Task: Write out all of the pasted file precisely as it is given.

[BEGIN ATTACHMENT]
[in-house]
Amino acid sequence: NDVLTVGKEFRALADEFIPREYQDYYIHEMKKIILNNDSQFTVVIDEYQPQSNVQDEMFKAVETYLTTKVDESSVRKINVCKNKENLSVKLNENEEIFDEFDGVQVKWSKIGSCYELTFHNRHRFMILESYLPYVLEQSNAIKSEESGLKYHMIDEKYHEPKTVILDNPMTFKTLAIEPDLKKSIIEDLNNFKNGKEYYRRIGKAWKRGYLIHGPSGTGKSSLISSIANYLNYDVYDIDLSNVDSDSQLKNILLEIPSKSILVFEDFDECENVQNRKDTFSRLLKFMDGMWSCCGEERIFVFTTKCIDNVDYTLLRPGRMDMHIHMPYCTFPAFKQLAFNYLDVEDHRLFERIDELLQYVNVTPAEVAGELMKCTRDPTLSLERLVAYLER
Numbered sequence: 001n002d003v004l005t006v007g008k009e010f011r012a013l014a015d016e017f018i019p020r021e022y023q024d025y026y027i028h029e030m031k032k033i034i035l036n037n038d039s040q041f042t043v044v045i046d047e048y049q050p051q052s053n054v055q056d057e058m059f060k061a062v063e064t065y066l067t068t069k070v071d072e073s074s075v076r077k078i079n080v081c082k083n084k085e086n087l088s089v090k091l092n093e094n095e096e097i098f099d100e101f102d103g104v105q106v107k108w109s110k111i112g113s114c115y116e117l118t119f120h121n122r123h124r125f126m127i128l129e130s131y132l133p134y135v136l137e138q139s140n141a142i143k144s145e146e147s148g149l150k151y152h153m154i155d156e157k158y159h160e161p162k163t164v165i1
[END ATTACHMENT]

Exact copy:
[in-house]
Amino acid sequence: NDVLTVGKEFRALADEFIPREYQDYYIHEMKKIILNNDSQFTVVIDEYQPQSNVQDEMFKAVETYLTTKVDESSVRKINVCKNKENLSVKLNENEEIFDEFDGVQVKWSKIGSCYELTFHNRHRFMILESYLPYVLEQSNAIKSEESGLKYHMIDEKYHEPKTVILDNPMTFKTLAIEPDLKKSIIEDLNNFKNGKEYYRRIGKAWKRGYLIHGPSGTGKSSLISSIANYLNYDVYDIDLSNVDSDSQLKNILLEIPSKSILVFEDFDECENVQNRKDTFSRLLKFMDGMWSCCGEERIFVFTTKCIDNVDYTLLRPGRMDMHIHMPYCTFPAFKQLAFNYLDVEDHRLFERIDELLQYVNVTPAEVAGELMKCTRDPTLSLERLVAYLER
Numbered sequence: 001n002d003v004l005t006v007g008k009e010f011r012a013l014a015d016e017f018i019p020r021e022y023q024d025y026y027i028h029e030m031k032k033i034i035l036n037n038d039s040q041f042t043v044v045i046d047e048y049q050p051q052s053n054v055q056d057e058m059f060k061a062v063e064t065y066l067t068t069k070v071d072e073s074s075v076r077k078i079n080v081c082k083n084k085e086n087l088s089v090k091l092n093e094n095e096e097i098f099d100e101f102d103g104v105q106v107k108w109s110k111i112g113s114c115y116e117l118t119f120h121n122r123h124r125f126m127i128l129e130s131y132l133p134y135v136l137e138q139s140n141a142i143k144s145e146e147s148g149l150k151y152h153m154i155d156e157k158y159h160e161p162k163t164v165i1